Sources: Wikipedia / Helen Rappaport, Caught in the Revolution: Petrograd 1917 / Tony Brenton, Historically Inevitable?: Turning Points of the Russian Revolution / Ekaterina Rogatchevskaia, Russian Revolution: Hope, Tragedy, Myths / Dominic Lieven, Towards the Flame: Empire, War and the End of Tsarist Russia / Catherine Merridale, Lenin on the Train

 

 

 

 

 

 

 

 

 

 

 

 

 

 

Canada Slim and the Quest for George Clooney

Landschlacht, Switzerland, 28 September 2017

Celebrities ARE different.

They get more public attention and media exposure than we do.

They usually have far more wealth than we do.

Some achieve celebrity status through their successful careers in sports or entertainment or politics.

Some become famous due to media attention on their lifestyle, wealth or controversial actions, or for their connection to another famous person.

And rewarding mere mortals godlike celebrity status is not a new thing.

Athletes in ancient Greece were welcomed home as heroes, had songs and poems written in their honour, and received free food and gifts from those seeking celebrity endorement.

Ancient Rome also glorified actors and gladiators.

Some have had to die to achieve fame.

In the early 12th century, Thomas Becket (1119 – 1170) became famous following his murder.

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He was promoted by the Roman Catholic Church as a martyr and images of him and scenes from his life became widespread in just a few years.

And in a pattern often repeated throughout history, what started out as an explosion of popularity, or mania, turned into longlasting fame.

In the case of Becket, pilgrimages to Canterbury Cathedral where he was murdered became instantly fashionable and the fascination with his life and death has inspired many plays and films.

The cult of personality (particularly in the West) can be traced back to the Romantics in the 18th century, whose livelihood as artists and poets depended on the currency of their reputation.

(Which makes Johann Wolfgang von Goethe´s (1749 – 1832) escape from his fame (somewhat) in Germany to make his Italian Journey (1786 – 1788) even more remarkable.)

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Above: Goethe in the Roman countryside

The establishment of cultural hotspots became an important factor in the process of generating fame.

Newspapers started gossip columns and certain clubs and events became places to be seen in order to receive publicity.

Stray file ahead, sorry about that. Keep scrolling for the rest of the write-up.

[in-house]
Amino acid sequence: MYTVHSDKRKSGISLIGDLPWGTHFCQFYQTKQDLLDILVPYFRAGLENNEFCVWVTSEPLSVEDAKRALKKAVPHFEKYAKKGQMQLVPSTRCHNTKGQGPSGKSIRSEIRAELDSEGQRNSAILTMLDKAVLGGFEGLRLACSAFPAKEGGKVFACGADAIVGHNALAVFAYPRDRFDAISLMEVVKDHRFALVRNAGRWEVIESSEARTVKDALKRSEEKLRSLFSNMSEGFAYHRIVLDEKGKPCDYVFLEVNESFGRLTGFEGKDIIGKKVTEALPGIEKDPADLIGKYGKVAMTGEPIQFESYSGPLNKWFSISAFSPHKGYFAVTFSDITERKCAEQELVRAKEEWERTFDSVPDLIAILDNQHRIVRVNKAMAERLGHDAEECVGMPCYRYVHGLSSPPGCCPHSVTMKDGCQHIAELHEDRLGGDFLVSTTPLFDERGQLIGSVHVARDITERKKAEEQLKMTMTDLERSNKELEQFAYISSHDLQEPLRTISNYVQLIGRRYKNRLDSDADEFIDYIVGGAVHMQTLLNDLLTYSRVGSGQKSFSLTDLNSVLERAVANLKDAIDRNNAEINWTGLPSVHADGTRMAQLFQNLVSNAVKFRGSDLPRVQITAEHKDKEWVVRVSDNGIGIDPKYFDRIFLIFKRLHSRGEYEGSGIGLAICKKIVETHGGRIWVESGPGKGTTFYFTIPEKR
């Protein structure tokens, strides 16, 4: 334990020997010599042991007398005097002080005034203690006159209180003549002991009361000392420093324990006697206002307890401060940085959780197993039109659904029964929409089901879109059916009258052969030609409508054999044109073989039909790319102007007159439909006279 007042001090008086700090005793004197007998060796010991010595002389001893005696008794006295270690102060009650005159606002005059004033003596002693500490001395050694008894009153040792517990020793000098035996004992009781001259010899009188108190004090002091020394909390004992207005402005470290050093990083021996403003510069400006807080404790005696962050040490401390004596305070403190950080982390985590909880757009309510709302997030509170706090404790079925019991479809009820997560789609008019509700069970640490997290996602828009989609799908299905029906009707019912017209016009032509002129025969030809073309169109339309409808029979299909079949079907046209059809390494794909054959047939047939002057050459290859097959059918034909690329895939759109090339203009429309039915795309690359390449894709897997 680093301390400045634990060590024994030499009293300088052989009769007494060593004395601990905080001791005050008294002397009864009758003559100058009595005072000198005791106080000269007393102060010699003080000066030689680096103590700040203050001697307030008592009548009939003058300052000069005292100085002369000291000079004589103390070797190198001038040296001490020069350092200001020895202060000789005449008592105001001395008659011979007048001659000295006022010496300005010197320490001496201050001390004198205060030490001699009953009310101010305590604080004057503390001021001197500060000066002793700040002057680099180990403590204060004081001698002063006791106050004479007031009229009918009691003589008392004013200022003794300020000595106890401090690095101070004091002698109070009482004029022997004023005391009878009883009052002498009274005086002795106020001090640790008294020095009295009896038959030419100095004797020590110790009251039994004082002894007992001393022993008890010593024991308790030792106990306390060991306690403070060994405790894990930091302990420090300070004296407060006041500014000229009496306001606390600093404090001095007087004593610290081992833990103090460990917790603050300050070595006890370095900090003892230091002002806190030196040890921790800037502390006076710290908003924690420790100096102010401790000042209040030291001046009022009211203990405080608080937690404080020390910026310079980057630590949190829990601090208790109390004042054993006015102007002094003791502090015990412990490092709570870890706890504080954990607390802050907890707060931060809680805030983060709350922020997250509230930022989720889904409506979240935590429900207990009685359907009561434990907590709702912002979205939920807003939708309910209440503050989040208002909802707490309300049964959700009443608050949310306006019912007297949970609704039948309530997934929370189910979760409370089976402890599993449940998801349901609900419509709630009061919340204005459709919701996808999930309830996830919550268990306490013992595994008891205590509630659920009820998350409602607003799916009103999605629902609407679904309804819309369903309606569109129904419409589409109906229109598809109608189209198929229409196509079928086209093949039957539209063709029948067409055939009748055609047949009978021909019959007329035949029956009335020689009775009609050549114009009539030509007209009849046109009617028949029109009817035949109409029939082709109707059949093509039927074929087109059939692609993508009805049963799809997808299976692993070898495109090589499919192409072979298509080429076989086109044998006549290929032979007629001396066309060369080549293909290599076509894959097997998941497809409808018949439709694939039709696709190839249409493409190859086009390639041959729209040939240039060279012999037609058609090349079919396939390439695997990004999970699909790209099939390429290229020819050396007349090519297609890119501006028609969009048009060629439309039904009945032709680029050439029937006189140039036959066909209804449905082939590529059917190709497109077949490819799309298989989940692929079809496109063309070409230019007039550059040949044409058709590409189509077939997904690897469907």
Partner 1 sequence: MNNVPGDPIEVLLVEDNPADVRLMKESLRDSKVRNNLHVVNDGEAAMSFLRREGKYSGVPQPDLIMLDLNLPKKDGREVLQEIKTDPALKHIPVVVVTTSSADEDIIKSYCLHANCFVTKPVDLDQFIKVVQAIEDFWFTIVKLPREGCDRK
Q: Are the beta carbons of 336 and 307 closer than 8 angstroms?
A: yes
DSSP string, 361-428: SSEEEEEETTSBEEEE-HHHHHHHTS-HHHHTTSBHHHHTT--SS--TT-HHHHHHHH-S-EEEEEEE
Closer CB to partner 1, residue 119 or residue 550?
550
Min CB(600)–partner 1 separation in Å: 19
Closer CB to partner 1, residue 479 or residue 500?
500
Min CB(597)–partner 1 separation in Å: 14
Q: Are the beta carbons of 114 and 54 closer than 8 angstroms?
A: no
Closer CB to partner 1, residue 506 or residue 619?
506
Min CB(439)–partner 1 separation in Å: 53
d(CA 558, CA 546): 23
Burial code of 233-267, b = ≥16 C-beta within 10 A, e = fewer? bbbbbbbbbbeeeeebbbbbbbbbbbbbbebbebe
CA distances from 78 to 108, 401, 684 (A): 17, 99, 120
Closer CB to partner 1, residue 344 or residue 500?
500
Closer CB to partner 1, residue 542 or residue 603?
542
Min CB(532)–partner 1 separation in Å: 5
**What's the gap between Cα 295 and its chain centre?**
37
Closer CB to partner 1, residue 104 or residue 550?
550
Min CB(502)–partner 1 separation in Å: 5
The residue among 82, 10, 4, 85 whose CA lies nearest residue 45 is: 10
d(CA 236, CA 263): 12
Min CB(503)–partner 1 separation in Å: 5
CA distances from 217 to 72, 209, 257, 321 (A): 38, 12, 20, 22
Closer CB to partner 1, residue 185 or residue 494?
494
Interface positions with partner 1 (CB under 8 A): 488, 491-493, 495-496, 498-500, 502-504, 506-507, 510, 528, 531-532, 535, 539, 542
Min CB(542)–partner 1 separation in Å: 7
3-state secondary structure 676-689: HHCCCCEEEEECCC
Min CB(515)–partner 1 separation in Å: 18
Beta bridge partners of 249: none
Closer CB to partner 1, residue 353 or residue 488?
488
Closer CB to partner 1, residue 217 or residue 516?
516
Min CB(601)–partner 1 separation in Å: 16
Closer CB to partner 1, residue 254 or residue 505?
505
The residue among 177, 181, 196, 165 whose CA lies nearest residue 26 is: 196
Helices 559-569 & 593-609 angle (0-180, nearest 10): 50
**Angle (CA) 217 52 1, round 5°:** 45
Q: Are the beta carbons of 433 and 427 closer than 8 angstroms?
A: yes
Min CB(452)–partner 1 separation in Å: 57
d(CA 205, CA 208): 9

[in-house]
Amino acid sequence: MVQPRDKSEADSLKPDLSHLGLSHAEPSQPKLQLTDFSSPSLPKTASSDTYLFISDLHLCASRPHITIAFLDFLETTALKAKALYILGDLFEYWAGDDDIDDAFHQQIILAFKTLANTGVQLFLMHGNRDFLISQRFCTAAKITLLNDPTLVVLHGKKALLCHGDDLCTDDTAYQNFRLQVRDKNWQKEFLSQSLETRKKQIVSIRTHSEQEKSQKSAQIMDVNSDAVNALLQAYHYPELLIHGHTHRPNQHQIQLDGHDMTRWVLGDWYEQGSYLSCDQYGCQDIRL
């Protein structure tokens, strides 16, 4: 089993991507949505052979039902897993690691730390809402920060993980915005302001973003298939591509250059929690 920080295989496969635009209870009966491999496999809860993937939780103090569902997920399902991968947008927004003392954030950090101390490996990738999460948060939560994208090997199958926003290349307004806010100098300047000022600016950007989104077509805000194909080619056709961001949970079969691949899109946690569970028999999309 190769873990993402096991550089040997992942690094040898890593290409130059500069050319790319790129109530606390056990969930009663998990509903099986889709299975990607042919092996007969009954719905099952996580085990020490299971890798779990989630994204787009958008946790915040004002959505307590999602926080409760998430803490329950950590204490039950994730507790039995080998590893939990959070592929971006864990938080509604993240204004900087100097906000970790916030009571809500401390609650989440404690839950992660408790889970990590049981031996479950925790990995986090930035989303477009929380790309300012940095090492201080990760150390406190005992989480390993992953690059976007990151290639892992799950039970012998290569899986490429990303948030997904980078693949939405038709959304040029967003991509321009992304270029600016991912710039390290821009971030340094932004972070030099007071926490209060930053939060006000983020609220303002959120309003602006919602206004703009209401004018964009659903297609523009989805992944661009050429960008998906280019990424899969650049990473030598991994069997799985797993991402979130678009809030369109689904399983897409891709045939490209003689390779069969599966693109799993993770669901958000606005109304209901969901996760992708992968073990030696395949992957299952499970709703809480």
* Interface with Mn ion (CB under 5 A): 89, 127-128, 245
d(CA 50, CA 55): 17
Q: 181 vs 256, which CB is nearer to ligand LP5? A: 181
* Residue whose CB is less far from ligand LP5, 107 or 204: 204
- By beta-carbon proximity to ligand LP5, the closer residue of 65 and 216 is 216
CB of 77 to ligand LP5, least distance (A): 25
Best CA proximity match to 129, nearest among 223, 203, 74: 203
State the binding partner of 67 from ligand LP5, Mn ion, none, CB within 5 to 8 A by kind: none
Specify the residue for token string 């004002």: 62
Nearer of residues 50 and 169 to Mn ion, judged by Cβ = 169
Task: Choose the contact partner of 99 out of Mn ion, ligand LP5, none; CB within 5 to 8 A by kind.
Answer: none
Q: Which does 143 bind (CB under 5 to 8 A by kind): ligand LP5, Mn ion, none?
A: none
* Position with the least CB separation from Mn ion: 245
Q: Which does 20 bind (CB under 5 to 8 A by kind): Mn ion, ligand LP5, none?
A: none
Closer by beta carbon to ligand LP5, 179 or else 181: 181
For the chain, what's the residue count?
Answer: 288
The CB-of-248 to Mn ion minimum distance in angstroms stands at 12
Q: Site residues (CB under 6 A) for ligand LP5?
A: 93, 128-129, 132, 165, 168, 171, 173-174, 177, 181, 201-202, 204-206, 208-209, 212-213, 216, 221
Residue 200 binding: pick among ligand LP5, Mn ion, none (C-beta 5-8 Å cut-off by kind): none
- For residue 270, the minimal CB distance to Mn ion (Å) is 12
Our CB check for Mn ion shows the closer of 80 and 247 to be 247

With the global spread of the movie industry in the 20th century, we now have the familar concept of the instantly recognizable faces of its superstars.

Yet, celebrity status wasn´t always tied to film actors, when cinema was starting out as a medium.

“In the first decade of the 20th century, American film companies withheld the names of film performers, despite requests from audiences, fearing that public recognition would drive performers to demand higher salaries.”

(Paul McDonald, The Star System: Hollywood´s Production of Popular Identities)

Public fascination went well beyond the on-screen exploits of movie stars and their private lives became headline news.

Television and popular music brought new forms of celebrity, such as the rock star and the pop group, as shown by Elvis Presley or the Beatles.

A square quartered into four head shots of young men with moptop haircuts. All four wear white shirts and dark coats.

Above: The Beatles (clockwise from top left: John Lennon, Paul McCartney, Ringo Starr and George Harrison)

John Lennon´s (1940 – 1980) highly controversial 1966 quote:

“We´re more popular than Jesus now.”

….which he later insisted was not a boast, and that he was not in any way comparing himself with Christ, gives an insight into both the adulation and notoriety fame can bring.

Unlike movies, television created celebrities who were not primarily actors, like presenters, talk show hosts and news readers.

Still only a few of these have broken through to a wide stardom.

The book publishing industry began to persuade major celebrities to put their names on autobiographies (many ghost written) and other titles to create a genre called celebrity publishing.